The visiting Easties in this case are Tracey Ann Oberman (formerly Chrissie Watts, Murderer) as Yvonne Hartman and Raji James (formerly Ash Ferreira) as Dr Singh. Actually, both actors are very good in this. James gives a nicely deadpan performance as the unflappable Singh, a man who's too preoccupied with his latest Sudoku puzzle rather than the great big gold ball that he's supposed to be investigating. Oberman's Yvonne on the other hand, is your archetypal modern day British boss – all touchy-feely buzzword clichés and fake PR smiles.

On which point, what's with all that clapping in the first part? Measure the ghost energy at 5000 gigawatts? Pat yourselves on the back by clapping like a load of manic seals. Presumably, Yvonne's also been in charge of that bread factory where the workers start throwing a party whenever a brand new loaf emerges from the oven.

Not only that, but Yvonne's a fiercely dedicated patriot. So much so, she makes the Daily Mail look like a lefty guidebook for tree-hugging hippies. Back and forth she goes, crowing about the British Empire and how Torchwood must defend the good of the country – all with a cheesy grin and a patronising tone of voice. Even when she's about to get her brain turned into mulch, she's still insisting that she did her duty for the country. Poor old Yvonne – she never stood a chance. Maybe the Cybermen started waving Union Jack flags as compensation while she got her head turned into puree.

The problem is though, typically for the new style of adventures, the guest characters don't really amount to much more than cannon fodder. By the first 10 or so minutes of Doomsday, both Singh and Yvonne have been brutally dispatched, which is a shame, since it would have been nice to have both characters play a bigger part in the action. But hey, this story is all about Rose leaving, so there's not enough time for such useless elements as solid character building.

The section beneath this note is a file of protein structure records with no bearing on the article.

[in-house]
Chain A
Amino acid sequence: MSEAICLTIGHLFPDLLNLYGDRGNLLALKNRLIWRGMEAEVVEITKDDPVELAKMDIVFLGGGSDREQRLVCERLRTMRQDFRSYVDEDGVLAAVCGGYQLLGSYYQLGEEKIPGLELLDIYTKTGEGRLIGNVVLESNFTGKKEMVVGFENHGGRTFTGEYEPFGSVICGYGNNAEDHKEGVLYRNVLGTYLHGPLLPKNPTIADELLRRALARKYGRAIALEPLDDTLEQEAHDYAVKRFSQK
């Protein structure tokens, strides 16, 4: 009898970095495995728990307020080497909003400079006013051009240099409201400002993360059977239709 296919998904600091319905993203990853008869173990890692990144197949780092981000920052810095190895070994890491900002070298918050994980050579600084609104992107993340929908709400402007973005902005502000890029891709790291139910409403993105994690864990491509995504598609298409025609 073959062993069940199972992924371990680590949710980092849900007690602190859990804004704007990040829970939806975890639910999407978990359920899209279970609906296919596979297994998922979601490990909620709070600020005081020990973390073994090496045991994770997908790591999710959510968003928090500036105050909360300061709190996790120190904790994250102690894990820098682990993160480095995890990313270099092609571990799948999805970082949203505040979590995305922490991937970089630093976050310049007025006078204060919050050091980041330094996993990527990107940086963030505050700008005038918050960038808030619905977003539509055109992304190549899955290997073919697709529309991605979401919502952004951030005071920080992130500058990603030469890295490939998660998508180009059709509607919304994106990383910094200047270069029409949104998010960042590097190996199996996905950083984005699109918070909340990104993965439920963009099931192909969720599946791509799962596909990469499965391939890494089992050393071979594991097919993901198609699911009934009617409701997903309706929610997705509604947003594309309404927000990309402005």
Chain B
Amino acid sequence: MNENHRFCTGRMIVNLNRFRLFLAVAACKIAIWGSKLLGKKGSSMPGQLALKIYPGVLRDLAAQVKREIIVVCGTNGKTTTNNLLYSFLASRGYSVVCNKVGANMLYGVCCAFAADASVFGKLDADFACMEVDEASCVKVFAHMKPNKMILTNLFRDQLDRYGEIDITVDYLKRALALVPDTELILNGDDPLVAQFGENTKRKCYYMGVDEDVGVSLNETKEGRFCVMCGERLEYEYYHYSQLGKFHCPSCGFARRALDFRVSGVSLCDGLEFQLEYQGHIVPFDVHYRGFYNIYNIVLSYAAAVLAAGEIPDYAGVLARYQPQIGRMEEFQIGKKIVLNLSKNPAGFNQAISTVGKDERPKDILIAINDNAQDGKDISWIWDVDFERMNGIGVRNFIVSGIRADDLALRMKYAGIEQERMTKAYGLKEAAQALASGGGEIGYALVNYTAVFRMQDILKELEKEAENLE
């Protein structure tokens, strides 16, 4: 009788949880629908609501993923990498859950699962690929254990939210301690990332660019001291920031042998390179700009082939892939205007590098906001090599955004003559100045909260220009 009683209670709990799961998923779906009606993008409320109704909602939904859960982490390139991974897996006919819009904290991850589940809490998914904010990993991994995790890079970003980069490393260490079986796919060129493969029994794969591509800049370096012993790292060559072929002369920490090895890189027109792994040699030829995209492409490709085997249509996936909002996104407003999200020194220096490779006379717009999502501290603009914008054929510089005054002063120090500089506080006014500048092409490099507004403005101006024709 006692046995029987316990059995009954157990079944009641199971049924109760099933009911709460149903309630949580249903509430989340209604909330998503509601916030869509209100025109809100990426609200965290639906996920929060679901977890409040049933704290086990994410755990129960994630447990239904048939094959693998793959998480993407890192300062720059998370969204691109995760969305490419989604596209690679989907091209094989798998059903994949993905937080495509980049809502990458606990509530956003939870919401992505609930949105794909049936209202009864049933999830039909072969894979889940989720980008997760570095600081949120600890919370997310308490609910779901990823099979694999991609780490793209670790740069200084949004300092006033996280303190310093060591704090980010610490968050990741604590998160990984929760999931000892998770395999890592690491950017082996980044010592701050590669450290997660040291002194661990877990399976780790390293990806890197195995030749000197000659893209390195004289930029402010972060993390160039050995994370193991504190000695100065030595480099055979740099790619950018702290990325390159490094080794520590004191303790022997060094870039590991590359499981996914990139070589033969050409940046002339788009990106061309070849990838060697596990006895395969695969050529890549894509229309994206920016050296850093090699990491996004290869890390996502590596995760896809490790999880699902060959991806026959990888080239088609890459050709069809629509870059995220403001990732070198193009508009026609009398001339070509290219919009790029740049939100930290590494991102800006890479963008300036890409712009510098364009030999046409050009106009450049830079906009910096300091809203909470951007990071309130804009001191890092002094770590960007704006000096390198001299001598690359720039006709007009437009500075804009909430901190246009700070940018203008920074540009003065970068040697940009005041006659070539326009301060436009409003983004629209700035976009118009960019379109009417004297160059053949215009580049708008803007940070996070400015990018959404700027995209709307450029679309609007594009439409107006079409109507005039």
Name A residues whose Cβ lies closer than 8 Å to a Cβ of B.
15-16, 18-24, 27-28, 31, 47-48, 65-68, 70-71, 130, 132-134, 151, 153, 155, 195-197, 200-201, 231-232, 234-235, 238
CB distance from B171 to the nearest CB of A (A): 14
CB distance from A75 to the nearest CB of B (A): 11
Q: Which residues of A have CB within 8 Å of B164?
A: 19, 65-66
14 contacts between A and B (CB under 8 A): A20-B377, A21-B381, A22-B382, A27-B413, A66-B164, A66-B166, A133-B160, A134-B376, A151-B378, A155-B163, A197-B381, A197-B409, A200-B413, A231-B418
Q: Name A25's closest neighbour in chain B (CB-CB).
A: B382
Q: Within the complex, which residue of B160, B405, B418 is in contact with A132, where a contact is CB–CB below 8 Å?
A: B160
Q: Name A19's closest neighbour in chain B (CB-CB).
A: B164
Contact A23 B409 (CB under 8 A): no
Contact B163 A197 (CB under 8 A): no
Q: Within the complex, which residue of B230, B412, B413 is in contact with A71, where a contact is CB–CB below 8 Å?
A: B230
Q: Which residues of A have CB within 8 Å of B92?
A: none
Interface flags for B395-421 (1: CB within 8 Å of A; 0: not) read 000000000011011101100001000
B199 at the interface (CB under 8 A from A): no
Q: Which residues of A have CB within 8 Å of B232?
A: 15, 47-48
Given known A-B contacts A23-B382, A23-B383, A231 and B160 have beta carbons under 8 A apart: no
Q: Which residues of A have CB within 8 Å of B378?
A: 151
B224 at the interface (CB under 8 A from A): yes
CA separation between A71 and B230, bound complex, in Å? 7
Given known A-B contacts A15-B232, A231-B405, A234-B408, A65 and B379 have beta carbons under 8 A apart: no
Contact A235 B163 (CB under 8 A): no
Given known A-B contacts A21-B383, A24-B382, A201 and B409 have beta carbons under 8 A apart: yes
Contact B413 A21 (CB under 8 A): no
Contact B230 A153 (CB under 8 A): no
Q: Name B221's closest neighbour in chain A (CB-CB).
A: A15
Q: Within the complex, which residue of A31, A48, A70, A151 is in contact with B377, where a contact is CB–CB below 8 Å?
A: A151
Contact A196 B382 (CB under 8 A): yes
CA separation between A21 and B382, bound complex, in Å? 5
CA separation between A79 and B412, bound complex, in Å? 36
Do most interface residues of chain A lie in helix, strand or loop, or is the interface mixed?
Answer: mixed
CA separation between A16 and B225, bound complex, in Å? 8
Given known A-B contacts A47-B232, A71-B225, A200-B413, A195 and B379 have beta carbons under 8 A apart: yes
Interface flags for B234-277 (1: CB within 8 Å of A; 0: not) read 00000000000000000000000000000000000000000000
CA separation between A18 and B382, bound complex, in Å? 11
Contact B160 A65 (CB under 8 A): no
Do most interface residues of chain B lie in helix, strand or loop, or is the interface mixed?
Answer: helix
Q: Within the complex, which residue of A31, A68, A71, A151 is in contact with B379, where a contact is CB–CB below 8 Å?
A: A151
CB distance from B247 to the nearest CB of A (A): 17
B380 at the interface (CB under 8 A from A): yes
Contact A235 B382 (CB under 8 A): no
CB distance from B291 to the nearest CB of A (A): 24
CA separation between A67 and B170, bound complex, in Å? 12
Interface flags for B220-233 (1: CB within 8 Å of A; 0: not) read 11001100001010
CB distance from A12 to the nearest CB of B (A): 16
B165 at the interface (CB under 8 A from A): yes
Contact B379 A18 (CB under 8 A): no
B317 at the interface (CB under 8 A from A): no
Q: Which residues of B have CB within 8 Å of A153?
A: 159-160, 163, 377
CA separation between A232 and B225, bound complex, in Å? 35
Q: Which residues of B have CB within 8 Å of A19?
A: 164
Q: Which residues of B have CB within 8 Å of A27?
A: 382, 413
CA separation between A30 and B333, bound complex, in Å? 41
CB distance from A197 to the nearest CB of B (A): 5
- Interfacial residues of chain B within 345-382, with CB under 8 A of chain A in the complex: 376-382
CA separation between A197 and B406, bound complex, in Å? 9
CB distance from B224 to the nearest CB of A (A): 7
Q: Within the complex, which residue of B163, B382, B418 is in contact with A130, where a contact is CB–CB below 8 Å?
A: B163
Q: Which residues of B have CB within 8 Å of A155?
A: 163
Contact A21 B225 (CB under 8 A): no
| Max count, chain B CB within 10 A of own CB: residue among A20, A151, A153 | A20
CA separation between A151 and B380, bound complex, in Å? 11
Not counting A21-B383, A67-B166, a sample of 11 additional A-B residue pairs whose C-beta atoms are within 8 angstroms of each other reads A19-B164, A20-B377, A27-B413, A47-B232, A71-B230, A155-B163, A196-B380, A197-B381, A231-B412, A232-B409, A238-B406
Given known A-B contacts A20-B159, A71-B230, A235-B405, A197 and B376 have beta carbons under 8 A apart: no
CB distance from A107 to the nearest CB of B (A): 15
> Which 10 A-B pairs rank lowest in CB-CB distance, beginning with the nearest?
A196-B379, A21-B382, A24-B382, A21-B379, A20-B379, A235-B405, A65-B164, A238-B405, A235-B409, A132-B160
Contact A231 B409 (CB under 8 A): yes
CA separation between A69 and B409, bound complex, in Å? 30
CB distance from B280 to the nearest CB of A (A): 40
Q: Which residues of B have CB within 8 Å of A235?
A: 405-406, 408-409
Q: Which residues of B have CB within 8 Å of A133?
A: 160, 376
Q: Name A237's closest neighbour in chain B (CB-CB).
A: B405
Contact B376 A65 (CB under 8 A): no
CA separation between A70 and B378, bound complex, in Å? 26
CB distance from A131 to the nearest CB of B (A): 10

At least they get memorably icky endings though, and in fact, if you look hard enough, there's quite a lot of scary stuff for the kids. Yvonne graphically describes her own demise, as some poor victim gets his head turned into jelly first (although why does Cyber Yvonne start crying when she stomps around with a big gun?); Adeola's brain goo is seen on the end of her earpiece; while best of all, Singh has his head barbecued by Dalek plungers in a bid to find out as much as they can about current Earth history. The shot of Singh's charred skeleton falling to the floor is memorably gross, especially the way in which the skull starts to powder away.

From scary deaths to scary monsters! Not only do the ghosts turn out to be Cybermen, they're now doing battle against the Daleks! This is the stuff of die-hard Whovian dreams. The Cybermen are out to 'Delete!' as many luckless humans as possible, while the Daleks are too busy faffing over a giant pepper pot thing called the Genesis Ark. Which I guess means that the evil tinpot meanies have been locked into a prison device with only the complete works of Genesis for company. Judging by their latest destination, they've bypassed the 'Lamb Lies Down On Broadway' and 'Abacab' eras, and are now on the 'We Can't Dance' LP – a meisterwork that contains timeless classics such as 'No Singh Of Mine', 'Hold On My Hartman' and of course, 'Doctor Jesus He Knows Me'.

The problem though is that the big battle between the two races is undercooked. Handbags At Dawn bitchiness is all well and good, with catty remarks flying between the two races like metallic wasps. “This is not war! This is pest control!” crows a Dalek. One-nil. “You would destroy the Cybermen with FOUR Daleks?” howls a Cyberman. One-all. “We would destroy the Cybermen with one Dalek!” retaliates the angry Dalek. Two-one. Which all ends in “You are superior in only one respect – you are better at dying!” with a Dalek victory parade. Blimey, maybe the Cybermen should have gone for all-out Zinedine Zidane-style head-butting in protest.